Plus, it's a lot fun working on a creative project with the one you love; it's like having a baby together, except that it doesn't produce a howling bag of meat. It's a great partnership, because it allows us each to focus on what we're best at. Jen's always wanted to have her own store, but she's never been that much of an artist. And I tried to have my own Orneryboy store a few years ago, but it ended up being a huge disaster because I couldn't deal with the pressure. So I help Jen out in a creative and technical capacity, and she handles everything else. She comes up with all the design ideas, and I simply produce them for her. I also designed and maintain her website, and helped to create her branding. And in return, Jen carries my Orneryboy merchandise, prints up the shirts, and handles all order fulfillment.

For me, the Orneryboy merchandise exists mostly just to fulfill whatever demand there is for it. I don't place too much emphasis on it, because I don't want it to overshadow the comic. For now, I just create shirts that I myself would want to wear, and luckily for me, other people out there happen to like them too.

Making more money from Orneryboy merchandise would be nice, but I'm not sure I'd ever want Orneryboy to become my job, because then I'd have to start worrying about maintaining my audience, and that would affect my whole creative process. I already have a job I love, so I'm fine with Orneryboy simply being my hobby.

 

Your website has always impressed me (I especially love the little details like the "taped on" navigation buttons). How did you build your website and what kind of trade-offs did you make in deciding on the final design?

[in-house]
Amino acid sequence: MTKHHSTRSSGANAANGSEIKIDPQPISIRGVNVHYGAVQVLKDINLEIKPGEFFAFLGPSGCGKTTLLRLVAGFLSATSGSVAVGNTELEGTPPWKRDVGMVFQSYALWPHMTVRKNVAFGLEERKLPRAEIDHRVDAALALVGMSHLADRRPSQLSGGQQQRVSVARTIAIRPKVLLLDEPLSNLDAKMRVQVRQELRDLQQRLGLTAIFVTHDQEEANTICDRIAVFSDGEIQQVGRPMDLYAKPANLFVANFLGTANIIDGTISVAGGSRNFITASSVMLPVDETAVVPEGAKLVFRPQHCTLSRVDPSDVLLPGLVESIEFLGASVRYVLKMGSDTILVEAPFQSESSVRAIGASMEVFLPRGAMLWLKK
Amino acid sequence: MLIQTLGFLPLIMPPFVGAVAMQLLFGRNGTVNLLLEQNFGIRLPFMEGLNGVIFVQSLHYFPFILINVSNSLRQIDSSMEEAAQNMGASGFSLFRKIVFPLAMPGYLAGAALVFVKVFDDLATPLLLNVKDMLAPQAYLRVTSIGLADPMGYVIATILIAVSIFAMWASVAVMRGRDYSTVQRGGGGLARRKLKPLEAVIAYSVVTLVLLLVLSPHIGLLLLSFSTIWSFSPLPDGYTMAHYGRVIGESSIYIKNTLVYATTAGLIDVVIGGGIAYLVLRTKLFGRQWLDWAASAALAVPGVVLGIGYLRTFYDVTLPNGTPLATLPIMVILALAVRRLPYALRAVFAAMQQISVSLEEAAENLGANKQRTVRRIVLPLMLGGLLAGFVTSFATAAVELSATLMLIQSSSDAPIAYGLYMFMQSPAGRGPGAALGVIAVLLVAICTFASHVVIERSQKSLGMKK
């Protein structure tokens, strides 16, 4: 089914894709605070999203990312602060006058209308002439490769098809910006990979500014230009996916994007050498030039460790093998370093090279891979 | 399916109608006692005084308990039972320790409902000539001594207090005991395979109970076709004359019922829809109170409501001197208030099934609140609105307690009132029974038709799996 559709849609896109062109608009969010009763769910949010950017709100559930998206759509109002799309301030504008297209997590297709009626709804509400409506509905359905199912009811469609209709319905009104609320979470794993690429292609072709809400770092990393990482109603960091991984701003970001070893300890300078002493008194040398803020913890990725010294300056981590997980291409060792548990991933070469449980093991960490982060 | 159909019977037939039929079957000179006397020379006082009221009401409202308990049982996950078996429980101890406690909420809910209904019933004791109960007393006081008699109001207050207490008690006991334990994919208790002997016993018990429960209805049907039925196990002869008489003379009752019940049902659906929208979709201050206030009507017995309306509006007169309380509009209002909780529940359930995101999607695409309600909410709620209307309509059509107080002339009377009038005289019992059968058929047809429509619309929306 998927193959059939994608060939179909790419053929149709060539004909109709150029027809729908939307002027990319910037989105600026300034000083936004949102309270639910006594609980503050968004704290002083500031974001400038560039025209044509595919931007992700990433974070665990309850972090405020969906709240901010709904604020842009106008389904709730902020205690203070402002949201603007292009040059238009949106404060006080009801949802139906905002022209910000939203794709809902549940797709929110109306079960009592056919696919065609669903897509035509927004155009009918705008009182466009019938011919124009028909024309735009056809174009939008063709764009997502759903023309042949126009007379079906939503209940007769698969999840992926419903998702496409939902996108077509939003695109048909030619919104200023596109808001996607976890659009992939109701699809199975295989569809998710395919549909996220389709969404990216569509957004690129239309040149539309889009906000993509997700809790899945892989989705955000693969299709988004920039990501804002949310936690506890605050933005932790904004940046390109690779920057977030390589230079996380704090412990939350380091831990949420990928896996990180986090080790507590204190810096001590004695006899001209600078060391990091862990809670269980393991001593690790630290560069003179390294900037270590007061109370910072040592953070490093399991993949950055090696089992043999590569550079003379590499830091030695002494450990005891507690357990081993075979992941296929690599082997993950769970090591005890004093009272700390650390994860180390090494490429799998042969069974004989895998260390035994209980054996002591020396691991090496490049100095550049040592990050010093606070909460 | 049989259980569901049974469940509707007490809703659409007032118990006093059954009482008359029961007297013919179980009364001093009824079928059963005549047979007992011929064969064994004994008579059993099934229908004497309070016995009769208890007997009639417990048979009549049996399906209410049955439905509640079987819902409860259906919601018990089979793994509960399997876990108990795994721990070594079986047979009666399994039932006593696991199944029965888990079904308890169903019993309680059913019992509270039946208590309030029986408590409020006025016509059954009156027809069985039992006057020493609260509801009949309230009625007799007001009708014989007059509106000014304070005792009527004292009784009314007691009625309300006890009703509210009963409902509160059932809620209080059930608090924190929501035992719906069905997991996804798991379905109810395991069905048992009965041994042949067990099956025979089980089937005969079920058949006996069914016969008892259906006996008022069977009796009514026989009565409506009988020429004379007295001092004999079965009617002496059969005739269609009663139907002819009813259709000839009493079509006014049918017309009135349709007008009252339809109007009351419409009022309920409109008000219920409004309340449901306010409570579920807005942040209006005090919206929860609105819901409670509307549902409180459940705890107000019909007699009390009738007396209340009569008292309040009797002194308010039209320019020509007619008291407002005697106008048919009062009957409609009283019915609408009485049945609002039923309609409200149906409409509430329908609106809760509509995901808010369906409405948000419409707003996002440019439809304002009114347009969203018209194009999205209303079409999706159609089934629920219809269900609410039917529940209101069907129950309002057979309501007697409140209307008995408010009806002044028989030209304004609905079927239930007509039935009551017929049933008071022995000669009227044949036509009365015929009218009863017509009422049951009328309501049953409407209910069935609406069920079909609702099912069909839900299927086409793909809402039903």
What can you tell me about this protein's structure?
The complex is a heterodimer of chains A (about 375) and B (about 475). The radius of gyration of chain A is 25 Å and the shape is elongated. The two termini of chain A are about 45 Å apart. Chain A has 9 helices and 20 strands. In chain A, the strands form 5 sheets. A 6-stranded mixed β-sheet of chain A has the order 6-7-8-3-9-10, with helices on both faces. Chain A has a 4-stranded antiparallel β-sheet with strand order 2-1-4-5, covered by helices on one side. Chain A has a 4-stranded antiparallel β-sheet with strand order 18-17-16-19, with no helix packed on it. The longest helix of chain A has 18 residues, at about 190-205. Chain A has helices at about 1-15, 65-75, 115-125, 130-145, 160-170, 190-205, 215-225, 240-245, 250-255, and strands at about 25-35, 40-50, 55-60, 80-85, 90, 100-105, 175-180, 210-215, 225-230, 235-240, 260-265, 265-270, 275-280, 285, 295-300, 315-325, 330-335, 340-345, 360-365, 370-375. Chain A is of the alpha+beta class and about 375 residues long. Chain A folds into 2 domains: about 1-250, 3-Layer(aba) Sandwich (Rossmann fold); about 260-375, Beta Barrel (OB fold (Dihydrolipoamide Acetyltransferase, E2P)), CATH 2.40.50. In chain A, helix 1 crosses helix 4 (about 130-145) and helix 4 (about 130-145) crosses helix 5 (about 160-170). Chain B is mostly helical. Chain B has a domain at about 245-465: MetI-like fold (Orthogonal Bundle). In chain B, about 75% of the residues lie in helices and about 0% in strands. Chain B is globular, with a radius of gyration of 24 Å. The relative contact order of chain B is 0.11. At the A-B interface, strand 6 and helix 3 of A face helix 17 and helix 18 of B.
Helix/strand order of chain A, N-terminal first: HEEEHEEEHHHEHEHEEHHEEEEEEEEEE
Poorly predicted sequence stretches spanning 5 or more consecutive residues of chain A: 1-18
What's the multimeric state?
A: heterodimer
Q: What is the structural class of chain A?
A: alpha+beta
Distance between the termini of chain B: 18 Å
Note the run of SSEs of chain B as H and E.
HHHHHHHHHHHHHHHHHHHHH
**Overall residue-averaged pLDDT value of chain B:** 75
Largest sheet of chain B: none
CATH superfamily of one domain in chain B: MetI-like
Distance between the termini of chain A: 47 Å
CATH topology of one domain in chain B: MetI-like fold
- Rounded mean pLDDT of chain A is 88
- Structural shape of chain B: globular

Thanks a lot! I've always put a lot of effort into my website design, because of my background in new media. In the past, I built my entire website in Flash because it was the only way I knew how to do what I needed to do. But for the most recent version, I used Ashton Cummings' Comikaze Comic Manager. I wanted a system that would automate many of the more tedious tasks that come with publishing a webcomic, and Comikaze was the most elegant solution.

In terms of the design itself, I've always stuck with the cut and paste, "taped on" aesthetic just because I just like the way it breaks out of the rectangles and right angles more commonly found in websites. Plus I just love halftone dot patterns and torn edges. As far as the elements of the site layout, I just tried to make it as clean and navigable as possible despite its visual appearance. I also tried to make sure that elements like the RSS Feed, LJ Feed, and Hate Mail List were featured prominently; Because I tend to update sporadically and go on unexpected hiatuses from time to time, it's in my readers' best interest to stay notified. ;)